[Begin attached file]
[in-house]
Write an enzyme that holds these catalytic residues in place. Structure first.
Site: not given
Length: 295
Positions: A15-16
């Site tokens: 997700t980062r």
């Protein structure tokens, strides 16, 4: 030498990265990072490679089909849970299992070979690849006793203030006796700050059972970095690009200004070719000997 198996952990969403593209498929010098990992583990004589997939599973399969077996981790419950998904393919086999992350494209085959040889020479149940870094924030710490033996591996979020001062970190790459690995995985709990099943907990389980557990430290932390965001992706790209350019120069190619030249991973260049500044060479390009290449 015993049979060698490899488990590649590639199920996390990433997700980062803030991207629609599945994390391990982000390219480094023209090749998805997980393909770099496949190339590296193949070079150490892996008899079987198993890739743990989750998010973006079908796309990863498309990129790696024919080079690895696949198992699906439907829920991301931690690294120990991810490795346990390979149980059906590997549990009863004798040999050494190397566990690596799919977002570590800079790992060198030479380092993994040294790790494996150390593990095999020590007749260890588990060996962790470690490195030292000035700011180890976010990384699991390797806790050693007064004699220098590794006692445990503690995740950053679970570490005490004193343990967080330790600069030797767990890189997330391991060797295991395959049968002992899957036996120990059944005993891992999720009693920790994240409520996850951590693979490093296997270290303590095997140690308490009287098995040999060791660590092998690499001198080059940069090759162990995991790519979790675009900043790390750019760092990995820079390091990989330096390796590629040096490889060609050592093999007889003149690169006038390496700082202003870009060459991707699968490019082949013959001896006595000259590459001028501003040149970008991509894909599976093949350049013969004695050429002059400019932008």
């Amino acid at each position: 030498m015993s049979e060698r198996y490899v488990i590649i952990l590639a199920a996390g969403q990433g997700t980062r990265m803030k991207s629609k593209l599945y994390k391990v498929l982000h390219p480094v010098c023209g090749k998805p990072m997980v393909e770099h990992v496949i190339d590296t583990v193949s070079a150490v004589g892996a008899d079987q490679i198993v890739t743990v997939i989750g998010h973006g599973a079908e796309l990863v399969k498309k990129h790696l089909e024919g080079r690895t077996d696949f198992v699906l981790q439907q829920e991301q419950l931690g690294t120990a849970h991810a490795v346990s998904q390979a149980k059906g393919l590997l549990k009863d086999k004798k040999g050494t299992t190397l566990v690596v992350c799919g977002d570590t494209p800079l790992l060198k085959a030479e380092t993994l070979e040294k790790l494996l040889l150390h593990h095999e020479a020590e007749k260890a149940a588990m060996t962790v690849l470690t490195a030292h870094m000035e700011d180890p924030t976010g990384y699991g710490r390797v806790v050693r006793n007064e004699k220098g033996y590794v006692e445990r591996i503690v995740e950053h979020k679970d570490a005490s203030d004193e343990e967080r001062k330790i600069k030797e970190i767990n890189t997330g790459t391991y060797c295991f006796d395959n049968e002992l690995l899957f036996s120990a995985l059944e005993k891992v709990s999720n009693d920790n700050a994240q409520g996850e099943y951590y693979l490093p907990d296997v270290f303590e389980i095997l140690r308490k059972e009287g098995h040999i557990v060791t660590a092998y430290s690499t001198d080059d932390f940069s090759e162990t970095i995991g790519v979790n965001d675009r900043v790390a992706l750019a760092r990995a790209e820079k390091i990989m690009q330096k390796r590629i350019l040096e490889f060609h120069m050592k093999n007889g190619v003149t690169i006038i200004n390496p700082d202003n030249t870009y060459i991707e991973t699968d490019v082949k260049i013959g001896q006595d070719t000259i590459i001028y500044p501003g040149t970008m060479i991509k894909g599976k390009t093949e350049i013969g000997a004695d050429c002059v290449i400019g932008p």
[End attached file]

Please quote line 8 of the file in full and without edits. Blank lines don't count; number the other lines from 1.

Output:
């Amino acid at each position: 030498m015993s049979e060698r198996y490899v488990i590649i952990l590639a199920a996390g969403q990433g997700t980062r990265m803030k991207s629609k593209l599945y994390k391990v498929l982000h390219p480094v010098c023209g090749k998805p990072m997980v393909e770099h990992v496949i190339d590296t583990v193949s070079a150490v004589g892996a008899d079987q490679i198993v890739t743990v997939i989750g998010h973006g599973a079908e796309l990863v399969k498309k990129h790696l089909e024919g080079r690895t077996d696949f198992v699906l981790q439907q829920e991301q419950l931690g690294t120990a849970h991810a490795v346990s998904q390979a149980k059906g393919l590997l549990k009863d086999k004798k040999g050494t299992t190397l566990v690596v992350c799919g977002d570590t494209p800079l790992l060198k085959a030479e380092t993994l070979e040294k790790l494996l040889l150390h593990h095999e020479a020590e007749k260890a149940a588990m060996t962790v690849l470690t490195a030292h870094m000035e700011d180890p924030t976010g990384y699991g710490r390797v806790v050693r006793n007064e004699k220098g033996y590794v006692e445990r591996i503690v995740e950053h979020k679970d570490a005490s203030d004193e343990e967080r001062k330790i600069k030797e970190i767990n890189t997330g790459t391991y060797c295991f006796d395959n049968e002992l690995l899957f036996s120990a995985l059944e005993k891992v709990s999720n009693d920790n700050a994240q409520g996850e099943y951590y693979l490093p907990d296997v270290f303590e389980i095997l140690r308490k059972e009287g098995h040999i557990v060791t660590a092998y430290s690499t001198d080059d932390f940069s090759e162990t970095i995991g790519v979790n965001d675009r900043v790390a992706l750019a760092r990995a790209e820079k390091i990989m690009q330096k390796r590629i350019l040096e490889f060609h120069m050592k093999n007889g190619v003149t690169i006038i200004n390496p700082d202003n030249t870009y060459i991707e991973t699968d490019v082949k260049i013959g001896q006595d070719t000259i590459i001028y500044p501003g040149t970008m060479i991509k894909g599976k390009t093949e350049i013969g000997a004695d050429c002059v290449i400019g932008p």